• [This, quarter, ‘s, surprisingly, independent, attack, paid, off, the, risk, involving, IRS, leaders, and, transportation, prices, .]

    • [It, could, be, announced, sometime, .]

    • [Mr., Toseland, believes, the, average, defense, economy, is, drafted, from, slightly, more, than, 12, stocks, .]


Evaluation l.jpg
Evaluation

  • What we want to know is:

    • Will our model prefer good sentences to bad ones?

      • That is, does it assign higher probability to “real” or “frequently observed” sentences than “ungrammatical” or “rarely observed” sentences?

    • As a component of Bayesian inference, will it help us discriminate correct utterances from noisy inputs?


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Measuring Model Quality

  • For Speech: Word Error Rate (WER)

  • The “right” measure:

    • Task error driven

    • For speech recognition

    • For a specific recognizer!

  • For general evaluation, we want a measure which references only good text, not mistake text

insertions + deletions + substitutions

true sentence size

Correct answer:Andysaw apartof the movie

Recognizer output:Andhe saw apart of the movie

WER: 4/7 = 57%


Measuring model quality21 l.jpg
Measuring Model Quality

  • The Shannon Game:

    • How well can we predict the next word?

    • Unigrams are terrible at this game. (Why?)

  • The “Entropy” Measure

    • Really: average cross-entropy of a text according to a model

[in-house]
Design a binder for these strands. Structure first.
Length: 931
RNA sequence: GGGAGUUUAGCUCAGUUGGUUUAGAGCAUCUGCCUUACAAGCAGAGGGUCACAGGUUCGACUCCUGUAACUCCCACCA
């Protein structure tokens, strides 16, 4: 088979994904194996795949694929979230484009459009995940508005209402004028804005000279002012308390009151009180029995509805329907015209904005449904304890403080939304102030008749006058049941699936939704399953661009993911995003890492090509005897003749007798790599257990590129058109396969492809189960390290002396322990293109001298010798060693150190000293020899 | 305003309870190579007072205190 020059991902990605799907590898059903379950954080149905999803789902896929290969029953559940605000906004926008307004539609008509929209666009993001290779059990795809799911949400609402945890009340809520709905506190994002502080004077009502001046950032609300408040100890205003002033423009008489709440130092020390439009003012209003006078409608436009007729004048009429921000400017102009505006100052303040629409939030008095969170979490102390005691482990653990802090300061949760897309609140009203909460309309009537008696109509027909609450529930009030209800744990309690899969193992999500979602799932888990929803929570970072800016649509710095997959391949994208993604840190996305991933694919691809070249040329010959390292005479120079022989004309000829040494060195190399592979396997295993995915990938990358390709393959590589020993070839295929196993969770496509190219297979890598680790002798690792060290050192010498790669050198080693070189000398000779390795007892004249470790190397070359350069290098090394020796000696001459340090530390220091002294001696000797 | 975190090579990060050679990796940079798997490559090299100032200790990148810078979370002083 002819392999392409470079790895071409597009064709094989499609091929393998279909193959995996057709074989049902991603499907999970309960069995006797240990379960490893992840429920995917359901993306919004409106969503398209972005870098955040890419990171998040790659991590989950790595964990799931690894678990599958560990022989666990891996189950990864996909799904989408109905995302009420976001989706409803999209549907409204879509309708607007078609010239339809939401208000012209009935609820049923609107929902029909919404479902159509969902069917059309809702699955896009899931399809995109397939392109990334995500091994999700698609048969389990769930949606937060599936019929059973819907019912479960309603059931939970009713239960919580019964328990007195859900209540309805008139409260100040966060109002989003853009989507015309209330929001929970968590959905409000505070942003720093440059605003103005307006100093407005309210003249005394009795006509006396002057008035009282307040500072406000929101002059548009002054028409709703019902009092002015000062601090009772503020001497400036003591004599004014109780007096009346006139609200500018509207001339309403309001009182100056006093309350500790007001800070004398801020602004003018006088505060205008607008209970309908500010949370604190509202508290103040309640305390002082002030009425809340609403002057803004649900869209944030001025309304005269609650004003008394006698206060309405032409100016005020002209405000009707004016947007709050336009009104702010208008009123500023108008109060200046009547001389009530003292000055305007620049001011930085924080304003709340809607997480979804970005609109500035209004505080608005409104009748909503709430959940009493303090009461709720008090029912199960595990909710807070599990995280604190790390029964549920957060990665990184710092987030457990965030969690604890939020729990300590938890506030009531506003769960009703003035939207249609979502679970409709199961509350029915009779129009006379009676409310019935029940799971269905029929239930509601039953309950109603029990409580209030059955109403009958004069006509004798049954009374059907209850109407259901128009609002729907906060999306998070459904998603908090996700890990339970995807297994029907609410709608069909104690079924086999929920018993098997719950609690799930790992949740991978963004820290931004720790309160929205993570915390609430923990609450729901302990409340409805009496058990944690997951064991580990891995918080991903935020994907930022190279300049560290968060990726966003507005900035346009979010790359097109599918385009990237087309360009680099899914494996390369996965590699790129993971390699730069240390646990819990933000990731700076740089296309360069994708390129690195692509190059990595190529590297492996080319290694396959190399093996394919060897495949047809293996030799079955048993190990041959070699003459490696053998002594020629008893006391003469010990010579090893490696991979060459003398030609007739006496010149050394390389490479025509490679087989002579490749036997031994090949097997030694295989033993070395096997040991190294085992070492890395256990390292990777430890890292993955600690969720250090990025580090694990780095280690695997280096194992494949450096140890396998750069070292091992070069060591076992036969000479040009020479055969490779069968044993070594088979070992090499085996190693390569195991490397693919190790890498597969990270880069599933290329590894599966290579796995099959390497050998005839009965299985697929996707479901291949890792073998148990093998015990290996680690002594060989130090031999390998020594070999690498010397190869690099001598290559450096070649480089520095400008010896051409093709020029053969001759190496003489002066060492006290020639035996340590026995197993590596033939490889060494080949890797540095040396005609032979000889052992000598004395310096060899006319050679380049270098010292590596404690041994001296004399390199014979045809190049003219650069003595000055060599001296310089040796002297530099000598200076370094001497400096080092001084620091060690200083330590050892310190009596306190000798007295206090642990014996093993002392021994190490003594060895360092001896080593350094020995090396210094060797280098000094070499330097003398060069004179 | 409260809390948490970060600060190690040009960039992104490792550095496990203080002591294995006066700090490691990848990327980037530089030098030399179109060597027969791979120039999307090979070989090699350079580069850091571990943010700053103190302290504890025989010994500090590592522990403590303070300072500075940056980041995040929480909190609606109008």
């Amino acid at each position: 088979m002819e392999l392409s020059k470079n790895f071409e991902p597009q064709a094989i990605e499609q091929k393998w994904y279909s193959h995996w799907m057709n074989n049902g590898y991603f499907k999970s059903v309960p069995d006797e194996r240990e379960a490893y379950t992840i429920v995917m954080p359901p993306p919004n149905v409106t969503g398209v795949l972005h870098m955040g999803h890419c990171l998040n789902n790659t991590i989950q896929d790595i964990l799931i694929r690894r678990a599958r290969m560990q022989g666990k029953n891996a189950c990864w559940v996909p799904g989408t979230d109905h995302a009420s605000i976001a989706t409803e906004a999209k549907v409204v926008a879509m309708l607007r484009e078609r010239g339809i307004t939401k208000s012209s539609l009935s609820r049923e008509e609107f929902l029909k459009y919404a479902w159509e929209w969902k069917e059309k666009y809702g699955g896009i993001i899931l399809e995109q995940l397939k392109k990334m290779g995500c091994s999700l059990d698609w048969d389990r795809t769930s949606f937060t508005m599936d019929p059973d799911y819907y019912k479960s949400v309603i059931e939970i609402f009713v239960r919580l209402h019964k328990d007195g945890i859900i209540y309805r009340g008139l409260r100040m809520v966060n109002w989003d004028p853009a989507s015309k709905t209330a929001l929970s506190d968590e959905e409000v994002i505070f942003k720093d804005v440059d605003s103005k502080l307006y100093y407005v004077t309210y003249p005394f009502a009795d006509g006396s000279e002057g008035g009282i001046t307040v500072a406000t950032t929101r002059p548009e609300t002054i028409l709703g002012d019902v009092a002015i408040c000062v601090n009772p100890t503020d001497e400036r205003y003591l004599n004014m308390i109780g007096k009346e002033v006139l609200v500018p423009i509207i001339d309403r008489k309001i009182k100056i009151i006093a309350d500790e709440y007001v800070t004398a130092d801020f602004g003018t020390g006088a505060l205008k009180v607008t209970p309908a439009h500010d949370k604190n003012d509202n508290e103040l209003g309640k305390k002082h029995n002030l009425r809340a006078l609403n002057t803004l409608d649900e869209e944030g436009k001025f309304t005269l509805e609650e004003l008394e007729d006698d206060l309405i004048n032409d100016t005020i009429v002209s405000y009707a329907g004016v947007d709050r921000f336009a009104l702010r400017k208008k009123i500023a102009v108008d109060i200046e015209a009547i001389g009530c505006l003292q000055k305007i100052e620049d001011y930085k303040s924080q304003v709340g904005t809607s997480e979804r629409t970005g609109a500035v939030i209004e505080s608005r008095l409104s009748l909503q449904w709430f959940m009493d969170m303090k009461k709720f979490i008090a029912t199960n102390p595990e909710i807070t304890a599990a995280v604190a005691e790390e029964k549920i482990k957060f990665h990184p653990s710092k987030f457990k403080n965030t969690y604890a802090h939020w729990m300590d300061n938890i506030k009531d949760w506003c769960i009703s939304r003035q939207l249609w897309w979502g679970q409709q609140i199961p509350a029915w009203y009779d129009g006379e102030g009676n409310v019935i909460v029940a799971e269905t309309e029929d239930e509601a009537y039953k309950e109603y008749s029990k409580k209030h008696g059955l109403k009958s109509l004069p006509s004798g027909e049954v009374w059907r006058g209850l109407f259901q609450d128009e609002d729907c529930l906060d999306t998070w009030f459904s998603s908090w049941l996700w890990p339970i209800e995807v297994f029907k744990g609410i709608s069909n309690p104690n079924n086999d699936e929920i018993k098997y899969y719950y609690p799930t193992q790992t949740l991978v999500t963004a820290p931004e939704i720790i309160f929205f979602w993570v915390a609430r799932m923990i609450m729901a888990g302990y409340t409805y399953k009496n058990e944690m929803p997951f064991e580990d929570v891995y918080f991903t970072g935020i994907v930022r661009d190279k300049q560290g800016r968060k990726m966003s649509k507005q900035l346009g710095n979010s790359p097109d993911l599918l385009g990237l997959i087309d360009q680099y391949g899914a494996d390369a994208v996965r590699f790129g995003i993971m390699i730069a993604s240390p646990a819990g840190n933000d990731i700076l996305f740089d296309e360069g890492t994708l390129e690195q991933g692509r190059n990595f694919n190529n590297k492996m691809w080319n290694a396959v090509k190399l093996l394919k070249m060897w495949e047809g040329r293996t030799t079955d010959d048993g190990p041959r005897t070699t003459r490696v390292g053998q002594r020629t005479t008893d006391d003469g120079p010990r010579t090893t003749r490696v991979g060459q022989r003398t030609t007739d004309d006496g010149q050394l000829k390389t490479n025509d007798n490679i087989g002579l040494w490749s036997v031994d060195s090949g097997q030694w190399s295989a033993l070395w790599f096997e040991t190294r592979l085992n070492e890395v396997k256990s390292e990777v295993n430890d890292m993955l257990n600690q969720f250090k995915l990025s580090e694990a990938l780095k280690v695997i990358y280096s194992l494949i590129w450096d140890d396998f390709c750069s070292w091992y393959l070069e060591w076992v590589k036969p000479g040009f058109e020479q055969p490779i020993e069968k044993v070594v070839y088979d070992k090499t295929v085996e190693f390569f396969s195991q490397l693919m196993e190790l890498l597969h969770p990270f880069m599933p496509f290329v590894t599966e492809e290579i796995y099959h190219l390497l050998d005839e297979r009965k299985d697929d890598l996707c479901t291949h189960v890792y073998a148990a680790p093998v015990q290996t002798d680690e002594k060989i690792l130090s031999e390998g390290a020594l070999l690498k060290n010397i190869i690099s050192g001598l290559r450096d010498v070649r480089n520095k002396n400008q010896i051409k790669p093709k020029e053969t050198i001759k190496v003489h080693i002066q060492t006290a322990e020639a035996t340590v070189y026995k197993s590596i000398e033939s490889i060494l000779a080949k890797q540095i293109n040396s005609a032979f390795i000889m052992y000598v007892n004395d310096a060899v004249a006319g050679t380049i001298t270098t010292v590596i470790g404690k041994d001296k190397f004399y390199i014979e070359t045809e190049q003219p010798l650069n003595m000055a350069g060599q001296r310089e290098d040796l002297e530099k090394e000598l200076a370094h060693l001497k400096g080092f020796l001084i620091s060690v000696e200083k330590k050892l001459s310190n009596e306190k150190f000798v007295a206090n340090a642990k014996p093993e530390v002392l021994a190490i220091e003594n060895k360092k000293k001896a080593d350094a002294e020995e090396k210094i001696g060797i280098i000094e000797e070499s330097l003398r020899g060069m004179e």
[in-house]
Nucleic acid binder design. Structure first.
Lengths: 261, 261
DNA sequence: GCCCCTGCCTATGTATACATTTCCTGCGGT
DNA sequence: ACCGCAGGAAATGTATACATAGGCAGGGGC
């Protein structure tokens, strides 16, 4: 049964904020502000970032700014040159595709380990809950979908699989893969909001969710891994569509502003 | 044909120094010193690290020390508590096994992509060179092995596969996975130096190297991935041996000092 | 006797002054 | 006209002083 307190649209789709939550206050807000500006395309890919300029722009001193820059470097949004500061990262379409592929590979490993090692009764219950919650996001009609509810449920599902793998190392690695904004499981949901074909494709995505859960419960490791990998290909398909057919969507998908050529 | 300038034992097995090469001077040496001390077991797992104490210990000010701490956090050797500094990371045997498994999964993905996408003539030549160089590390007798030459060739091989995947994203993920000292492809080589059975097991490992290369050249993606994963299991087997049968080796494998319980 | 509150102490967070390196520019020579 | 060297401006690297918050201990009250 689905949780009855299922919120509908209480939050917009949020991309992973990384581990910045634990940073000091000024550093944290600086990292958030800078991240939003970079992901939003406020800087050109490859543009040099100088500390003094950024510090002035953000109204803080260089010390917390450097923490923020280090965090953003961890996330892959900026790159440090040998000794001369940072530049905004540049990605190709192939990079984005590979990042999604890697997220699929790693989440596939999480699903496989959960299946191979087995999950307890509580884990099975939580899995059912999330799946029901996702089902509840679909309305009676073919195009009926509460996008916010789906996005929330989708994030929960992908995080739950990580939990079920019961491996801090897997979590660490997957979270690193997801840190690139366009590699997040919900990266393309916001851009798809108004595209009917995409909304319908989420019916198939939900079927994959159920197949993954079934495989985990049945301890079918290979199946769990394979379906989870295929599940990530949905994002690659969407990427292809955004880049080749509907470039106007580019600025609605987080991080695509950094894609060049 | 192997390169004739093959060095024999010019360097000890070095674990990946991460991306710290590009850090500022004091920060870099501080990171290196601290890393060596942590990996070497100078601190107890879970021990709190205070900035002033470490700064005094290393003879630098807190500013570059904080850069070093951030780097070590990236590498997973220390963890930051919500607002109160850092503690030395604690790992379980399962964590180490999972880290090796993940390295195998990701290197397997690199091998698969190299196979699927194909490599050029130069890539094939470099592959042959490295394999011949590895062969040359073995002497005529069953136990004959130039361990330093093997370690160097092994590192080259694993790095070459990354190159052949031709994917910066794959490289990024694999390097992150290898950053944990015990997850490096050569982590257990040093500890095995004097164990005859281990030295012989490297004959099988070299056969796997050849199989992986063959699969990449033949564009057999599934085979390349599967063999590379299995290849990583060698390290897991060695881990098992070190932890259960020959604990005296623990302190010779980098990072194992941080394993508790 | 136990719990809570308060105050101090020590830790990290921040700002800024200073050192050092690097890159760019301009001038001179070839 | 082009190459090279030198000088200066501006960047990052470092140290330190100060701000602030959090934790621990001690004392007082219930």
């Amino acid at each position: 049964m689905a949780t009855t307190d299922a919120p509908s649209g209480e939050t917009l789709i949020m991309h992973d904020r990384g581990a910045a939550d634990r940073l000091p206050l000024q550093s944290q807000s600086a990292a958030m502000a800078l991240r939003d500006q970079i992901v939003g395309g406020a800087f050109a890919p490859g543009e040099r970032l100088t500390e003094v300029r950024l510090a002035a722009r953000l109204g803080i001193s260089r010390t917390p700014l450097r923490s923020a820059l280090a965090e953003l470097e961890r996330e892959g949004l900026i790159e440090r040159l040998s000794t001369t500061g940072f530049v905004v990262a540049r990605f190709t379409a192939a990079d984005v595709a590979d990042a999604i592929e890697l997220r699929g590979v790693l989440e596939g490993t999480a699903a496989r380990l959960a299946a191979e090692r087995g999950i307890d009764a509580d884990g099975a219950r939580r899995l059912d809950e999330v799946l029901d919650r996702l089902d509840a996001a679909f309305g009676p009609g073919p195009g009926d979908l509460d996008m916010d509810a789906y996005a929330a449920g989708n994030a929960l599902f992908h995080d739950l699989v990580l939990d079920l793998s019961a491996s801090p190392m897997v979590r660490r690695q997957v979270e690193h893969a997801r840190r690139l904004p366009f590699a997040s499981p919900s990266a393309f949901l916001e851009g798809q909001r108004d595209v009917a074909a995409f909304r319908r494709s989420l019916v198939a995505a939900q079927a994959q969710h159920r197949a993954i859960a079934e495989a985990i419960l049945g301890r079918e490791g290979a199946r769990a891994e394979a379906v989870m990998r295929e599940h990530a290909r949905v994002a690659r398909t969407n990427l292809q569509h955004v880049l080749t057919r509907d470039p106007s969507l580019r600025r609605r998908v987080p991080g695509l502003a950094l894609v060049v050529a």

grease 0.5

sauce 0.4

dust 0.05

….

mice 0.0001

….

the 1e-100

When I order pizza, I wipe off the ____

Many children are allergic to ____

I saw a ____


Measuring model quality22 l.jpg
Measuring Model Quality

  • Problem with entropy:

    • 0.1 bits of improvement doesn’t sound so good

    • Solution: perplexity

    • Minor technical note: even though our models require a stop step, people typically don’t count it as a symbol when taking these averages.


Sparsity l.jpg
Sparsity

  • Problems with n-gram models:

    • New words appear all the time:

      • Synaptitute

      • 132,701.03

      • fuzzificational

    • New bigrams: even more often

    • Trigrams or more – still worse!

  • Zipf’s Law

    • Types (words) vs. tokens (word occurences)

    • Broadly: most word types are rare ones

    • Specifically:

      • Rank word types by token frequency

      • Frequency inversely proportional to rank

    • Not special to language: randomly generated character strings have this property (try it!)


Smoothing l.jpg
Smoothing

  • We often want to make estimates from sparse statistics:

  • Smoothing flattens spiky distributions so they generalize better

  • Very important all over NLP, but easy to do badly!

  • Illustration with bigrams (h = previous word, could be anything).

P(w | denied the)

3 allegations

2 reports

1 claims

1 request

7 total

allegations

attack

man

outcome

reports

claims

request

P(w | denied the)

2.5 allegations

1.5 reports

0.5 claims

0.5 request

2 other

7 total

allegations

allegations

attack

man

outcome

reports

claims

request


Smoothing25 l.jpg
Smoothing

  • Estimating multinomials

    • We want to know what words follow some history h

    • There’s some true distribution P(w | h)

    • We saw some small sample of N words from P(w | h)

    • We want to reconstruct a useful approximation of P(w | h)

    • Counts of events we didn’t see are always too low (0 < N P(w | h))

    • Counts of events we did see are in aggregate to high

  • Example:

  • Two issues:

    • Discounting: how to reserve mass what we haven’t seen

    • Interpolation: how to allocate that mass amongst unseen events

P(w | denied the)

3 allegations

2 reports

1 claims

1 speculation

1 request

13 total

P(w | affirmed the)

1 award